The Wallendas do Karl's Death Walk: Down there in Puerto Rico, where Karl's life came to an end in 1978 at the age of 73, 100 hundred feet above the ground during a long walk between two seaside towers, his great grandson Nik Wallenda, recreated the stunt. Joining Nik was his mother, Delilah, in her late 50s. No safety net. Starting at opposite ends, the two met in the middle. Delilah sat down on the wire so that her son could walk over her. They both reached salvation on the other side.

These demonstrations of human courage are becoming less and less a part of the show. When even today's younger generation of performers defend the use of mechanics, in effect, wondering if those -- like me -- actually favor tragic outcomes, there you have pretty stunning evidence of how the circus world itself is turning away from the spectacle of the true daredevil. But don't count the beleaguered daredevil out just yet. You'll see him/her in other forums if not under the big top, thrilling a public still wishing to be truly thrilled. Call it the human condition. To me, it symbolizes the daring-do of astronauts shooting off into space, of mountain climbers, of ...

Friday, June 10, 2011

Cirque du Soleil at Radio City: NY Times Suggests Possible Trouble Ahead; KLS Dad at Previews Calls Zarkana "Irritating ... Boring!!"

When all else fails, give 'em circus

You can read in the New York Times a marvelous in-depth profile on Guy Laliberte, who rules Cirque du Soleil, described bearing "a wolfish grin, mangled pinky and a bald head shaped like a bullet." Blame the bent pinky on a cooking mishap. Mr. L. may eventually also rule the world -- if he can just have his way with New York and London, two of the Big Three Global entertainment centers he has yet to capture by his own account. He has Vegas. And he's back in NY trying his luck at a larger stage, the one called Radio City Music hall, where Zarkana is now in previews..

Jason Zinoman of the Times landed prime time up in Montreal with the Cirque King, and turned out a vivid portrait of one of the greatest showbiz impresarios who has ever lived -- so far, and this King is only 50 or 51. One of his many creative underlings, Philippe Decoufle, director of Iris -- another Cirque show about to open at Hollywood's Kodak Theatre -- describes the King as " a very nice bulldozer." Laliberte concedes what a flop Banana Shpeel was; some blame it on the King's not being within easy reach while the show was struggling to find itself on a NY stage -- the head man was up in space orbiting the earth for a breezy $35 million ticket fee.

Try to get a handle on this: Cirque's 22 current productions around the world "sell about as many tickets as all Broadway shows combined." Next year, revenue is expected to exceed $1 billion for the first time. Are we now on the same page?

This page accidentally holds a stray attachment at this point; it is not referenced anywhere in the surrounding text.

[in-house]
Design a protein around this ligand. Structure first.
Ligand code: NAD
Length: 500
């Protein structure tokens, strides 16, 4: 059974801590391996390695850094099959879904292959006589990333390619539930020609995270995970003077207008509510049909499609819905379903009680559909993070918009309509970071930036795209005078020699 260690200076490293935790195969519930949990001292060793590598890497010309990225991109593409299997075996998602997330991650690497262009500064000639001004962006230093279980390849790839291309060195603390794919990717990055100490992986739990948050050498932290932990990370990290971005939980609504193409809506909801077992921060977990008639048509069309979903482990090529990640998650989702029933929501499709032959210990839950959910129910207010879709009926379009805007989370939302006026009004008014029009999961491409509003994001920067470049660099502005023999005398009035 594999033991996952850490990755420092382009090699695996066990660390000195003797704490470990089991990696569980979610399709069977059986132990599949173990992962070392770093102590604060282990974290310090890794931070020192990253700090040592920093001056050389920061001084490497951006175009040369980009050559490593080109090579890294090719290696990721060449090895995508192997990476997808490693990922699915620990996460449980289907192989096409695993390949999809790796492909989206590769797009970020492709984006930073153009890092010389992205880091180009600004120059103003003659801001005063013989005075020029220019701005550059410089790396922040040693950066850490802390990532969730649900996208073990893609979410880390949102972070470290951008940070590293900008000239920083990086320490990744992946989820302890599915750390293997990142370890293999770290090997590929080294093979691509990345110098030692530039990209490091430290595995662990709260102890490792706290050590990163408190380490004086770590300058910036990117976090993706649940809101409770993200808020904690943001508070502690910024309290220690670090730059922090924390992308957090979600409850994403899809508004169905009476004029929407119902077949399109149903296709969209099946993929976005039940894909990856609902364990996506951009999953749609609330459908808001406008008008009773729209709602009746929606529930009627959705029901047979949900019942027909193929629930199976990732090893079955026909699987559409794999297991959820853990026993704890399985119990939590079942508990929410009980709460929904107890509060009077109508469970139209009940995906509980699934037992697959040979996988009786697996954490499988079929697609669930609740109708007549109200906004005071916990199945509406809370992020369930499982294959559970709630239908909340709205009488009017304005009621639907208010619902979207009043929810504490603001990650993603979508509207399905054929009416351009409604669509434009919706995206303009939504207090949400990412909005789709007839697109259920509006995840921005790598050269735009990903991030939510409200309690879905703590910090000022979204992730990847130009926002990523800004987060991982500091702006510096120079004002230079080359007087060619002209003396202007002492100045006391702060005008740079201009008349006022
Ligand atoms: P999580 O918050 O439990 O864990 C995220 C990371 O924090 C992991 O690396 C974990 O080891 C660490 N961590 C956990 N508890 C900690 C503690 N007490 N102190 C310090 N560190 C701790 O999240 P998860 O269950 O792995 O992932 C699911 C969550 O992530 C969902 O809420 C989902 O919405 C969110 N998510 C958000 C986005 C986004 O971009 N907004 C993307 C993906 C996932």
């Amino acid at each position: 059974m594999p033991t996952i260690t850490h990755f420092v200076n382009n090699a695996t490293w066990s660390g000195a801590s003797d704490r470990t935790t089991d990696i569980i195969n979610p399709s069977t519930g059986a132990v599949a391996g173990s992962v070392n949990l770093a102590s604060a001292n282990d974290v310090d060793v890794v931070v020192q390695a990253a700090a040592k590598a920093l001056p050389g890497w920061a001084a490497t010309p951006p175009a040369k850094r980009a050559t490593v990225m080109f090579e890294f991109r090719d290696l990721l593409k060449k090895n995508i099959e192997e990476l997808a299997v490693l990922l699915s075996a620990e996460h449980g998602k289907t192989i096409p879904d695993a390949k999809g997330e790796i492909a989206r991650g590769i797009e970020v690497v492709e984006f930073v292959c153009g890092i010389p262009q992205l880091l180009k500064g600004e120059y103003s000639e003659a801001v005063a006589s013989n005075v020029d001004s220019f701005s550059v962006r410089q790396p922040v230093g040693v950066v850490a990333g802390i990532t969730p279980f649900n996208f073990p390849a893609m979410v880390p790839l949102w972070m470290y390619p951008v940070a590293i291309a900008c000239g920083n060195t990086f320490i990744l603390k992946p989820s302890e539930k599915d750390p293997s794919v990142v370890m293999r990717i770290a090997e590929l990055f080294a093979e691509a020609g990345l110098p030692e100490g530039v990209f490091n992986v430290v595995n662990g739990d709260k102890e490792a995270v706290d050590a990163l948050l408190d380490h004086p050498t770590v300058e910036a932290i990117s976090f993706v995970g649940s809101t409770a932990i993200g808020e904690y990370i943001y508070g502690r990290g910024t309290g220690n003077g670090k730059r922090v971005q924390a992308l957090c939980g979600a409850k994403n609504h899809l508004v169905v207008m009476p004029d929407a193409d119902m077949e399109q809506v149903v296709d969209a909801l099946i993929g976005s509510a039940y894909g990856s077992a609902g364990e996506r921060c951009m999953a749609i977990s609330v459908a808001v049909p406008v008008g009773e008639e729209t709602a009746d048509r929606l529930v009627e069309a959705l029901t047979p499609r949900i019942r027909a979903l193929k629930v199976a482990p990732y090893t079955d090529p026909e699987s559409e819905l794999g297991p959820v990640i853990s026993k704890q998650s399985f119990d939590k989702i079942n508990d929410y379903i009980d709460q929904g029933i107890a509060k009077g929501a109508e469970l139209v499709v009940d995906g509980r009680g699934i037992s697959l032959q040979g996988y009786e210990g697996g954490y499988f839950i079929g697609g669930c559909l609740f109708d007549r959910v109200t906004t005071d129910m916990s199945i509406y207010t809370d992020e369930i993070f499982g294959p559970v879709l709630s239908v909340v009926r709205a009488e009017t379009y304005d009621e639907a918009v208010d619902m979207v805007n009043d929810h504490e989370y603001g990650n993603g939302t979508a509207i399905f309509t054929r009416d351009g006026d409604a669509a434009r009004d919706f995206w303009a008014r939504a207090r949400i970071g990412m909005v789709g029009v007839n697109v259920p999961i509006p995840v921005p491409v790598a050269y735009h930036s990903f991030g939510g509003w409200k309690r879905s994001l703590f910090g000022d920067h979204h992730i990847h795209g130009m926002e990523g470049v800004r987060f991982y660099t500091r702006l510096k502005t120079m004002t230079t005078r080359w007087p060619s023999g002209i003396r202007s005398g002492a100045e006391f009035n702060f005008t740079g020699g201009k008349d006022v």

He practically owns Vegas. But he wants more. "New York and London are still on my checklist." Sounds like the guy has a sense of humor. One thing he has in spades: producing guts. Doubtful we will ever see his like again. Remember a man named P.T. Barnum? At the risk of sounding sacrilegious, P.T. is looking more and more like a puppet show proprietor compared to the man with the bullet head.

In another Times story on the same subject, Zinoman reports closeup on final rehearsals and endless tinkering over what may be another troubled property; Zinoman was granted rare access. And from his account, I infer that the Cirque crowd still have a way of trying to be theatre without a clue as to what makes a drama a drama (not a circus, by the way -- the two animals are so different). But they are aiming this time to "connect a story that will be touching," says the show's lead, Quebec pop star Garou and "close friend of Mr. Laliberte" (reported, otherwise, not to have many close friends at all). At the time of the interview, Garou was observed to be wanting "his character to grow."

Might be stretch, that. After all kinds of muddling about in the key of Shakespeare, seems the company retreated back to its usual safe haven down there on ersatz sawdust, which evidently did not displease the Big Boss any too much. Late last May, about to exit in a black waiting van, said Laliberte, "We did what we set out to do... It's not a musical. It's not theatre. At the end of the day, we give people what they want: It's a circus."

And it just began previews last evening at Radio City. One of the first customers to take his seat was our very own NY correspondent KLS Dad, who to my knowledge has never orbited earth. Here are some of his immediate reactions:

"Went up to my beloved Radio City Music Hall last night ... feeling sure I was going to be bowled-over with the show. Two words come to mind........... irritating.... boring.......!! There are some knock-out acts, such as the 10-person dual level perch and triple bar flying act... But .. what did they do but put so much giant spider web LED scenery behind them .. and a screaming songstress in the head of the spider performing another of the 'rock opera' songs!! of which had me on verge of walking out on a few occasions.

"I was not disappointed that they could not get the wires anchored for the 'Wheel of Death'.. Also bored with the acts such as the production number with the spinning hoops, the lady doing sand painting for at least an hour (OK..maybe 10 LONG MINUTES) right after intermission.. the very slow flying clown (out over the audience).. another half hour???? Well.. too damn long!! And the group of 'Swiss?? flag tossers!!!!!!!! Get the hook!!!

"All in all.. I feel the production so over powers the performers.. and it isn't magical either to listen to..or watch. And.. with the non-stop music there's not much opportunity for the audience to applaud. And most went on for too damn long... Another example - the 15+ acrobat troop at the end."

KLS would like his money back.

Thanks to Don Covington for linking me to the Times stories.